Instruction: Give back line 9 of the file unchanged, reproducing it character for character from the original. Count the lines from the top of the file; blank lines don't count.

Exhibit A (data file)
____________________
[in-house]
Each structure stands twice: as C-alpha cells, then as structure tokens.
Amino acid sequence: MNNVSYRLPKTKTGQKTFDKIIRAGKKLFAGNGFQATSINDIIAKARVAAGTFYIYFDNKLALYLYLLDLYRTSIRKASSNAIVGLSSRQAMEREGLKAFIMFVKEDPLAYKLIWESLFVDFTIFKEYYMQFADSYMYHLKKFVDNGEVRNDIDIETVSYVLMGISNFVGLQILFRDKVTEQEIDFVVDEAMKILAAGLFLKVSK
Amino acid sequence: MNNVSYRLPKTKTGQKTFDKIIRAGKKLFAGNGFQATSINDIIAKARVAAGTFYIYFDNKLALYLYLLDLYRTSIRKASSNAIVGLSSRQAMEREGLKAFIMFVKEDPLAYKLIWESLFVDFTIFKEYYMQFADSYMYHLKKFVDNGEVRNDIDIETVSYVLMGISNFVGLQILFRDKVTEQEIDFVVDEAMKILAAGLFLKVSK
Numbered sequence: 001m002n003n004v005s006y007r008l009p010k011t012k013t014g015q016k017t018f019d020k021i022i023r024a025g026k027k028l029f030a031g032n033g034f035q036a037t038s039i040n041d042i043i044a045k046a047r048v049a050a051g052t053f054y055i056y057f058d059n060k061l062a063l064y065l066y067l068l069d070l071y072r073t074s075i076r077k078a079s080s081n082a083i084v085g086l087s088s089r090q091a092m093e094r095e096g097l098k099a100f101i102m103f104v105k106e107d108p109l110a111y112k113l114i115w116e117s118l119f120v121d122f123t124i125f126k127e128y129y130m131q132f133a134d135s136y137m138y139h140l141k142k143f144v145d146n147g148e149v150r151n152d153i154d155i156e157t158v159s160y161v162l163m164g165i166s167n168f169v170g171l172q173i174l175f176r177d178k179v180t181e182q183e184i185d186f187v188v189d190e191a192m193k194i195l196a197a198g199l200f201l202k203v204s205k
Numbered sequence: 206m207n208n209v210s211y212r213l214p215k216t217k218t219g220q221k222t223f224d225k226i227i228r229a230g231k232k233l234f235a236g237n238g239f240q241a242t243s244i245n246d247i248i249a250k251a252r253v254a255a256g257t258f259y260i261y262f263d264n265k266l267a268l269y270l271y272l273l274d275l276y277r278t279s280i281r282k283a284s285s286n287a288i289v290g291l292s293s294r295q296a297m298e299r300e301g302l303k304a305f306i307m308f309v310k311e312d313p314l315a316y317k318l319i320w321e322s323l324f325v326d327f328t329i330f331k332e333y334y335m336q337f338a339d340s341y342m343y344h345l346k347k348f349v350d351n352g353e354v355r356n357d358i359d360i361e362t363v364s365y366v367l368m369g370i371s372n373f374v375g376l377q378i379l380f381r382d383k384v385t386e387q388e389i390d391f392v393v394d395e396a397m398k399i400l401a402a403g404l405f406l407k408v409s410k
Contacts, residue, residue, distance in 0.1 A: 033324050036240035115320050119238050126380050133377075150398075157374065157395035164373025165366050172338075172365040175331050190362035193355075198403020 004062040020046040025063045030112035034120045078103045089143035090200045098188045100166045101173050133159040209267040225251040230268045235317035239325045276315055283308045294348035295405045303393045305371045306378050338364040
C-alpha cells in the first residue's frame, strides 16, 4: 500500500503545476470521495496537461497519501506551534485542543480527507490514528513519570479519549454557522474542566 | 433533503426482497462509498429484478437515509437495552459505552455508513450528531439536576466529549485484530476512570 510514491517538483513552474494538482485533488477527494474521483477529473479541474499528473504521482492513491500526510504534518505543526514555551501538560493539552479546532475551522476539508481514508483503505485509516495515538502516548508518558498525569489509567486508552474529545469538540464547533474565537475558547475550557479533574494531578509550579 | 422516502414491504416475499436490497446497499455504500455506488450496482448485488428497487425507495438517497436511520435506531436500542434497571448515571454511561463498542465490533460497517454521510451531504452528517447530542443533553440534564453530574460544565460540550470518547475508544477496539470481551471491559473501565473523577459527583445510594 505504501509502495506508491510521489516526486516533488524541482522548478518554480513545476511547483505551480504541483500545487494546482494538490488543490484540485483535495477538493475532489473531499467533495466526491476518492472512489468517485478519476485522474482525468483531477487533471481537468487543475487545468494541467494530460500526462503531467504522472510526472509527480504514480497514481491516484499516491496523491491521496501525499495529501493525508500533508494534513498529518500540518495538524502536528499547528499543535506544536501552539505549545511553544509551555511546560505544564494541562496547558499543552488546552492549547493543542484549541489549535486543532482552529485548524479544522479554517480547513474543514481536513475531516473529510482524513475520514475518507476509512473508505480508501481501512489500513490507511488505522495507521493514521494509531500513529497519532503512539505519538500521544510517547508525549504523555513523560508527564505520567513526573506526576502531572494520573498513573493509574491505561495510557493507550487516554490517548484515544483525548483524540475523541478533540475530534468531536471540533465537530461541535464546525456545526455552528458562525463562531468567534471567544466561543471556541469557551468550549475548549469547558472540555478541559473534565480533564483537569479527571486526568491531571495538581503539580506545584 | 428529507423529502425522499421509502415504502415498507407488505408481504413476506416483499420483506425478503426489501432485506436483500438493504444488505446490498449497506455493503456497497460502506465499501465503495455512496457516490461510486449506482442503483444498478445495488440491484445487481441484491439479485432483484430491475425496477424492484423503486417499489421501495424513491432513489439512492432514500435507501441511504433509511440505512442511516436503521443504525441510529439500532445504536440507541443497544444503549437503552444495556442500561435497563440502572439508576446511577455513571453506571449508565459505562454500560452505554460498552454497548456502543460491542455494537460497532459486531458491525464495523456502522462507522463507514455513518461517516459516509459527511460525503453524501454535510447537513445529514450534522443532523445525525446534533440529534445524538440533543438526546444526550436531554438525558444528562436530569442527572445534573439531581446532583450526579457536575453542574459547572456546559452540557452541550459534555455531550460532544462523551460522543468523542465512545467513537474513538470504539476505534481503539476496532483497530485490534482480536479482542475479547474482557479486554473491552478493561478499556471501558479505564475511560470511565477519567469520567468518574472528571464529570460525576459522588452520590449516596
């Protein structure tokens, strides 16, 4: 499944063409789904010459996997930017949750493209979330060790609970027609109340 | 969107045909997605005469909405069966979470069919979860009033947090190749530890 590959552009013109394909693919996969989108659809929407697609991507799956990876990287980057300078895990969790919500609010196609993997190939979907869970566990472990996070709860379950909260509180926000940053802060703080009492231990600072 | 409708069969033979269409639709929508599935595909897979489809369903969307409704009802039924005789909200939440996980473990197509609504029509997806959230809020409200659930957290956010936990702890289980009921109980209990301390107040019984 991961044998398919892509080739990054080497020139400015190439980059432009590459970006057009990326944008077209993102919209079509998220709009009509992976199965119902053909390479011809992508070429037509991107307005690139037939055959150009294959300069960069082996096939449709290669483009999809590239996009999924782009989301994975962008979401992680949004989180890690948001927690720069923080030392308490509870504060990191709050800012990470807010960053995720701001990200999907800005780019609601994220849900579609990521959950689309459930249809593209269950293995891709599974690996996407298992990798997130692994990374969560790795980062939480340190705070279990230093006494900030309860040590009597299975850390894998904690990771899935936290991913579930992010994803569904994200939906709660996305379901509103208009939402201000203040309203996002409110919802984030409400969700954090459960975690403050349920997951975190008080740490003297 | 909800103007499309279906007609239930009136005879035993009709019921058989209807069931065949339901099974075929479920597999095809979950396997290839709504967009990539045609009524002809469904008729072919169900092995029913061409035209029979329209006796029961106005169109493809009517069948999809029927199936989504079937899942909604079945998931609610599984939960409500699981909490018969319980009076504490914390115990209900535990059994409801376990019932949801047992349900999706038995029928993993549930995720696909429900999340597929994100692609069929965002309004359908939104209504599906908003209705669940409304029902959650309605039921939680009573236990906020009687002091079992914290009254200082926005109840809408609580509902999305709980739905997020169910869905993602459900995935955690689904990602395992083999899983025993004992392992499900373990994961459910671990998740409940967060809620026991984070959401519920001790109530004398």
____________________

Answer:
């Protein structure tokens, strides 16, 4: 499944063409789904010459996997930017949750493209979330060790609970027609109340 | 969107045909997605005469909405069966979470069919979860009033947090190749530890 590959552009013109394909693919996969989108659809929407697609991507799956990876990287980057300078895990969790919500609010196609993997190939979907869970566990472990996070709860379950909260509180926000940053802060703080009492231990600072 | 409708069969033979269409639709929508599935595909897979489809369903969307409704009802039924005789909200939440996980473990197509609504029509997806959230809020409200659930957290956010936990702890289980009921109980209990301390107040019984 991961044998398919892509080739990054080497020139400015190439980059432009590459970006057009990326944008077209993102919209079509998220709009009509992976199965119902053909390479011809992508070429037509991107307005690139037939055959150009294959300069960069082996096939449709290669483009999809590239996009999924782009989301994975962008979401992680949004989180890690948001927690720069923080030392308490509870504060990191709050800012990470807010960053995720701001990200999907800005780019609601994220849900579609990521959950689309459930249809593209269950293995891709599974690996996407298992990798997130692994990374969560790795980062939480340190705070279990230093006494900030309860040590009597299975850390894998904690990771899935936290991913579930992010994803569904994200939906709660996305379901509103208009939402201000203040309203996002409110919802984030409400969700954090459960975690403050349920997951975190008080740490003297 | 909800103007499309279906007609239930009136005879035993009709019921058989209807069931065949339901099974075929479920597999095809979950396997290839709504967009990539045609009524002809469904008729072919169900092995029913061409035209029979329209006796029961106005169109493809009517069948999809029927199936989504079937899942909604079945998931609610599984939960409500699981909490018969319980009076504490914390115990209900535990059994409801376990019932949801047992349900999706038995029928993993549930995720696909429900999340597929994100692609069929965002309004359908939104209504599906908003209705669940409304029902959650309605039921939680009573236990906020009687002091079992914290009254200082926005109840809408609580509902999305709980739905997020169910869905993602459900995935955690689904990602395992083999899983025993004992392992499900373990994961459910671990998740409940967060809620026991984070959401519920001790109530004398």